Meadow Hawkweed (Hieracium caespitosum)

 
 
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Description
Meadow hawkweed has clusters of many small, yellow dandelion-like flower heads on top of mostly leafless stems. The erect, bristly stems can grow up to 1 m tall, each topped by 5 to 30 bright yellow flower heads in a compact, flat-topped cluster. Each plant produces 10 to 30 flower stems. Flowers in bud are distinctively rounded and black-hairy in tight clusters at the tops of the stems. The leaves are long and narrow, up to six inches long, not lobed, somewhat hairy on both sides, and form a basal rosette. There are also usually one or two small leaves on the stem. The entire plant contains a milky juice. Meadow hawkweed has a shallow root system and underground creeping stems called rhizomes. New plants can arise from buds on the rhizomes and plants can develop several creeping stems (stolons) that are also capable of producing new plants.

Key Identifiers
  • Yellow flowers, with square edges than are notched
  • Leaves, stems and buds covered in bristly hairs
  • At flowering produces rhizomes and/or stolons
  • Milky sap
Location in Canada
All Canadian provinces are thought to have meadow hawkweed, BC east to Nfld. Populations are being reported in Clearwater, Wetaskiwin, Leduc and Yellowhead Counties in Alberta.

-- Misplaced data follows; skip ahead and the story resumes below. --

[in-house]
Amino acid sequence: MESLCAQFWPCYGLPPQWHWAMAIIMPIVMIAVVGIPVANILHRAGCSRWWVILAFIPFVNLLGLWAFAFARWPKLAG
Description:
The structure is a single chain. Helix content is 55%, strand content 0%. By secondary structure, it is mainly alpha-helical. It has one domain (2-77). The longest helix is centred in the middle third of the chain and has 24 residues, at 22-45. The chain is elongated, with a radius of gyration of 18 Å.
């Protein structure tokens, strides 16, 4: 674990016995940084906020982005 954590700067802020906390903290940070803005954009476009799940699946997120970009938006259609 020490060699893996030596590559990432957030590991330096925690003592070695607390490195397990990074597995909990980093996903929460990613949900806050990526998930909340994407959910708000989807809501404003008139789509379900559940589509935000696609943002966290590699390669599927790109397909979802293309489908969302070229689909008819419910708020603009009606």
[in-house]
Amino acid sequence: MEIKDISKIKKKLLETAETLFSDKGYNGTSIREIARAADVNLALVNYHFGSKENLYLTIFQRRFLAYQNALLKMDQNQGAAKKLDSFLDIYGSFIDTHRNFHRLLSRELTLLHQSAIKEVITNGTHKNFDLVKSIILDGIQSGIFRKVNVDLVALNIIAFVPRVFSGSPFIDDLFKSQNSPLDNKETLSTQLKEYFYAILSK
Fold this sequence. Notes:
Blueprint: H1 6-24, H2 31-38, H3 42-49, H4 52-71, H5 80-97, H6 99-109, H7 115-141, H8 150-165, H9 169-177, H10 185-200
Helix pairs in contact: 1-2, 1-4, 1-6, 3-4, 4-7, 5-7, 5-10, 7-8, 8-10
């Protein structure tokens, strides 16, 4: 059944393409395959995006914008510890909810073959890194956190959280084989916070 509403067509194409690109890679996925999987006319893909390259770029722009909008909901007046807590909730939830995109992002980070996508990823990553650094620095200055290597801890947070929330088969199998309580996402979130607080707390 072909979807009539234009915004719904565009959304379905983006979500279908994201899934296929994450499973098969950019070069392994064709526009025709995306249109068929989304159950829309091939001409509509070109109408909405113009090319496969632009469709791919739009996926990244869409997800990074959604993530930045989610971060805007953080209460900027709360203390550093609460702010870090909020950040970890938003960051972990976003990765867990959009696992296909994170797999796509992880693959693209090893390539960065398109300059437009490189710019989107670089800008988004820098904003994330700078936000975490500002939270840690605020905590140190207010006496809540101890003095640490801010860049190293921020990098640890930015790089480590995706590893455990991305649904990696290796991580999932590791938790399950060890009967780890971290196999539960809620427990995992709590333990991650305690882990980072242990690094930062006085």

Nicole Kimmel, ARD

Resources Similar species
Native Hawkweeds (Hieracium sp) Many native hawkweeds are in North America but none will produce stolons and their flowers are mostly yellow, one being white. British Columbia, Ministry of Forests and Range, Forest Practices Brancy, Invasive Alien Plant Program - Key to Identification of Invasive and Native hawkweeds (Hieracium spp.) in the Pacific Northwest
Montana State University - Hawkweed Identification

Narrow-leaved Hawksbeard (Crepis tectorum) taproots, clasping stem leaves, petiolated basal leaves arranged in rosettes, and involucral bracts arranged in two rows.
Alaska Natural Heritage Program, University of Alaska, Anchorage - Narrowleaf hawksbeard

Sowthistles (Sonchus sp.) prickly margins, heads solitary, pappus soft white bristles, achenes flattened, at least twice as wide as thick
goodoakllc.com - Weed Identification and Control sheet: Sow Thistle (Sonchus spp.)
 
 
 
 

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For more information about the content of this document, contact Nicole Kimmel.
This document is maintained by Shelley Barkley.
This information published to the web on April 10, 2012.
Last Reviewed/Revised on March 21, 2014.